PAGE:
Reason #1: Atlético are pretty heavy underdogs. Last season - and even the season before - Atlético Madrid were tipped to exorcise the 2014 Champions League final demons. In both cases, Atlético failed to take opportunities that made themselves available and Real Madrid walked away victorious. This time, there’s not much love for Atleti, and while Madrid are not expected to sail comfortably into the June 3 final, there seems to be a general feeling that los blancos will progress nonetheless. And why not? This is the deepest and most talented team in Europe even when not on song. They are the holders and reigning world champions. They have knocked out Atleti three years running. FiveThirtyEight’s forecast says that Madrid stand a 63 percent chance of advancing.
And that’s just fine with los colchoneros, who rode a wave of blissful anonymity past Barcelona and Chelsea three years ago. A relative lack of attention carried Diego Simeone and co. past Bayern Munich and Barcelona again last year. Back in September, Bayern were widely expected to top Group D - and Atlético reeled off five straight wins to secure the group before the last matchday.
The underdog mentality forms the strands of Atlético’s DNA. It is a part of the club’s history, and under Simeone it has carried them to previously unthinkable heights. This tie is another chance to show that that mentality can do the trick once more.
Reason #2: Atlético are more comfortable over two legs. Sure, Atlético have won three finals this decade, but bar the 2012 Europa League final, the team’s best performances under Simeone have come generally over two legs. This began with the way Atleti destroyed its competition on the way to winning the Europa League in 2012 and expertly navigated a tricky knockout stage with crucial away goals on the way to the 2014 final. Atleti’s defensive dominance was the catalyst for the 2016 final run, along with the aforementioned penchant for away goals.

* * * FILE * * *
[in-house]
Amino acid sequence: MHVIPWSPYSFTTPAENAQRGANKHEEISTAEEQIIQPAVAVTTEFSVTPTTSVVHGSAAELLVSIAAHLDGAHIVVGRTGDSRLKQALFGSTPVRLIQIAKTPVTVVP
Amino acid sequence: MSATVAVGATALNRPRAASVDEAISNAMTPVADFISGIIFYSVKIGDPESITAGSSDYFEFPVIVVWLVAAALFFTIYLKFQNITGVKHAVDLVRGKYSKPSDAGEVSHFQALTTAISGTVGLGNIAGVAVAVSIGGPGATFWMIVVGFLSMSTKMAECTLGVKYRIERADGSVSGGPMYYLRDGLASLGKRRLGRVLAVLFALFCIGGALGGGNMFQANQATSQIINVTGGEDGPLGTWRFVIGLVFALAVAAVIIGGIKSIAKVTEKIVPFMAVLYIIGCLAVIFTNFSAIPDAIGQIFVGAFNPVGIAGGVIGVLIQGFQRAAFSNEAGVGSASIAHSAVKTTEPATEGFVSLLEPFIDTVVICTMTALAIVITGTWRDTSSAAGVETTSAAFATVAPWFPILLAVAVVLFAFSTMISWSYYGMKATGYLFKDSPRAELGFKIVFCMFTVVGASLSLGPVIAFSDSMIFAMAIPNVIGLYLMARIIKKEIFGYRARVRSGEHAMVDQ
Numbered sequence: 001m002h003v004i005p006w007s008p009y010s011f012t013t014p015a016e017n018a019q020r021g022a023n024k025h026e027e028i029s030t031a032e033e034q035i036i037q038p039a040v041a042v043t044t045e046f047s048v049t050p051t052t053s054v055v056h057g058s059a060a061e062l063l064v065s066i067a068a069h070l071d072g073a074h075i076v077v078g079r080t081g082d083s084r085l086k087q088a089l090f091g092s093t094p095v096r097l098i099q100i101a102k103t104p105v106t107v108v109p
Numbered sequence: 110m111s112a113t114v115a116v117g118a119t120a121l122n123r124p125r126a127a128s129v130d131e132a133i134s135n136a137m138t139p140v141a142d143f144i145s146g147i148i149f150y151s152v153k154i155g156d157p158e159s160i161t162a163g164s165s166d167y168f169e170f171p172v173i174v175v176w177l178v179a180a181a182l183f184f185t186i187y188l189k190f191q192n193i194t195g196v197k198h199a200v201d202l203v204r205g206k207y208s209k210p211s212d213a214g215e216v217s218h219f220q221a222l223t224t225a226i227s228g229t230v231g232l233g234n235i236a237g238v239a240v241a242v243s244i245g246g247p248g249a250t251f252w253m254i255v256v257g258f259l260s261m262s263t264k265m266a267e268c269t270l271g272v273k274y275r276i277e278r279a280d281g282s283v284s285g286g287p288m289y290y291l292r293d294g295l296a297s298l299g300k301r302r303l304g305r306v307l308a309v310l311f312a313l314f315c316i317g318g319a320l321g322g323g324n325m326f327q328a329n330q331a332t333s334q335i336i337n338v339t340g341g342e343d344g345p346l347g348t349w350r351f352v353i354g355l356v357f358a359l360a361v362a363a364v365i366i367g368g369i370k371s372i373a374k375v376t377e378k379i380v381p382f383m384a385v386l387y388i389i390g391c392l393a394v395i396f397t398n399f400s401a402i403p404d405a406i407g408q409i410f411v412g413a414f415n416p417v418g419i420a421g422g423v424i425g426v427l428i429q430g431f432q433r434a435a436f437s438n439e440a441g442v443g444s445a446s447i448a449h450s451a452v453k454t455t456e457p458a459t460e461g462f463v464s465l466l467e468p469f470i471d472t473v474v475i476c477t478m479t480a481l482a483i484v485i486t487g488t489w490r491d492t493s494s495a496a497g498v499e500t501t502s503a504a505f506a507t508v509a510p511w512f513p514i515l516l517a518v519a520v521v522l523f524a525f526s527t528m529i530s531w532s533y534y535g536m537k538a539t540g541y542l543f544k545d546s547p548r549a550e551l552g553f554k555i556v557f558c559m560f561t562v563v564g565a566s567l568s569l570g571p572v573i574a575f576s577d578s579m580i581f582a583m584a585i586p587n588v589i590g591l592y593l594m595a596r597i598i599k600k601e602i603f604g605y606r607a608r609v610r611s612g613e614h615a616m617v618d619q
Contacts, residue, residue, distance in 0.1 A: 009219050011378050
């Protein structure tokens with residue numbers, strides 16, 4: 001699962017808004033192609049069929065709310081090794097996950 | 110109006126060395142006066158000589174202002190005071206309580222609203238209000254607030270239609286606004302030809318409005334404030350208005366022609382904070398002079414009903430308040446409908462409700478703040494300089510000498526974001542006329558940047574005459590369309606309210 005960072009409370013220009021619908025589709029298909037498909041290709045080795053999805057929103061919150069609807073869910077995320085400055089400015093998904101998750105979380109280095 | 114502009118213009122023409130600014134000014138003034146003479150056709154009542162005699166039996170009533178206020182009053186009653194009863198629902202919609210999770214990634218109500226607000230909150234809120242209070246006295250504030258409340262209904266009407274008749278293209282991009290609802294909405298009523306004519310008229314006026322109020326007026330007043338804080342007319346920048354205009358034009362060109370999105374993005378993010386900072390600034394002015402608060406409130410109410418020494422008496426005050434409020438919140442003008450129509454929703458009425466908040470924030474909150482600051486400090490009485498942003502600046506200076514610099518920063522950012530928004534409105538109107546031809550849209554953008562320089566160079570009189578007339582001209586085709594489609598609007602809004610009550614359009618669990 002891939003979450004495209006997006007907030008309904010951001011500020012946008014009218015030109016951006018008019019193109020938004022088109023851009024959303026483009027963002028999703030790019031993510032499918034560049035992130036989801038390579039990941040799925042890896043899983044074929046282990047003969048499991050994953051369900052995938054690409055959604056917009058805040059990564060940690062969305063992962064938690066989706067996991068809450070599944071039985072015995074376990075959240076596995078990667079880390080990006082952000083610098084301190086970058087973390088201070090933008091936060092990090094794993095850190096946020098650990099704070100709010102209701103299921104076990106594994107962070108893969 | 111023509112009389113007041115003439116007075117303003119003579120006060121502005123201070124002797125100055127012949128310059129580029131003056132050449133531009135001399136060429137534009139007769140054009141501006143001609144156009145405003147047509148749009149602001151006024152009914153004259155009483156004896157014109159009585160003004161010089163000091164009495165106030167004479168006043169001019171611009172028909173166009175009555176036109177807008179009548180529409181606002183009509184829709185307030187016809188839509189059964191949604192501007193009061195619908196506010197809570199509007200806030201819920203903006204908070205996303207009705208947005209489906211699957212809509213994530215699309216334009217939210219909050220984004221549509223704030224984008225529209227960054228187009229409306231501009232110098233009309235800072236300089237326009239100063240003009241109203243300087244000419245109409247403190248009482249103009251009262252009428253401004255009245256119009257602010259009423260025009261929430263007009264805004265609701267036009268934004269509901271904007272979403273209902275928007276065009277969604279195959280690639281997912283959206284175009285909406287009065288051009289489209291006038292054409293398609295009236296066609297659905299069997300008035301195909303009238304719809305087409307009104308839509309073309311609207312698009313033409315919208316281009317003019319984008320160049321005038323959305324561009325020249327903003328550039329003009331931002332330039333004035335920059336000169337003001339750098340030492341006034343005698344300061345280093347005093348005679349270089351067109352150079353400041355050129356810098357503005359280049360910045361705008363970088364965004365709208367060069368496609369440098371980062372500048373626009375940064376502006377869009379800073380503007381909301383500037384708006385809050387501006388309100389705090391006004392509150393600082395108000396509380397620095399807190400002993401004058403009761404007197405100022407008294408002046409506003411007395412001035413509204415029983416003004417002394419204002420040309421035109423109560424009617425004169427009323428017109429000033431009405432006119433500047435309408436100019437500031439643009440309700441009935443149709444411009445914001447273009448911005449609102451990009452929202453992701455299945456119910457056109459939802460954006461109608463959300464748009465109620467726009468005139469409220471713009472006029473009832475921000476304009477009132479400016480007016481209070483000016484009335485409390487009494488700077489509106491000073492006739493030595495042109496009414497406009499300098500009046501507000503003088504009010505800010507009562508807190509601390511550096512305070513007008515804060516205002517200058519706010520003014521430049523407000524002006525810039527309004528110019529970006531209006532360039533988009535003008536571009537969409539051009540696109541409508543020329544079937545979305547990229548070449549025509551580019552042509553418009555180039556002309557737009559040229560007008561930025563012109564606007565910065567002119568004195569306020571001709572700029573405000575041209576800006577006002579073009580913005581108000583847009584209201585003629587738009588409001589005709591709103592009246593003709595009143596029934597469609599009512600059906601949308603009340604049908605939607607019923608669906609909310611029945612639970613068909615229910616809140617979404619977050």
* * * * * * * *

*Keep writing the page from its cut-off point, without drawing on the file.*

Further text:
Atlético could not advance past the quarterfinal stage in 2015 due to conservatism and Arda Turan’s idiocy (neither of which make sense even today). But Cholo’s setup - a mean, Diego Godín-marshaled defense transitioning into an electric, Antoine Griezmann-led counterattack - lends itself to success in knockout football. Combine that with the successes in two-legged football throughout this decade - two Europa League triumphs, a Copa del Rey triumph, a Supercopa win - and you have a substantial backlog detailing that this team is more at home over 180 minutes.
Reason #3: Atlético will get a big reward for keeping the first leg close. If Real Madrid fly out of the traps and build a big advantage at the Santiago Bernabéu or if Atlético fail to score and lose the first leg, this reason will not matter. BUT. Should this head back to the Vicente Calderón tight - think 0-1, 1-1, 2-1, maybe 0-0 - Atleti will get 90 (and hopefully no more, people will have heart attacks) meaningful minutes in front of what may be the wildest Calderón crowd of the Simeone Era.
The return leg will be Atlético’s penultimate match at the 51-year-old ground, not to mention the final European contest and final derbi. I can’t imagine the kind of tifo that will be unveiled. The Frente Atlético ultras will be in full voice. The night will crackle and the memories, good or bad, will live on for many, many years. Real Madrid won 3-0 at the Calderón back in November, but this is expected to be a different animal.
And in case you haven’t heard, Atlético have a decent record at home in the Champions League under Simeone: 17 wins and one loss from 22 matches, with 18 clean sheets and five goals conceded. The last goal Atleti conceded at the Calderón in the Champions League quarterfinals or later was scored by Tijani Babangida of Ajax on March 19, 1997.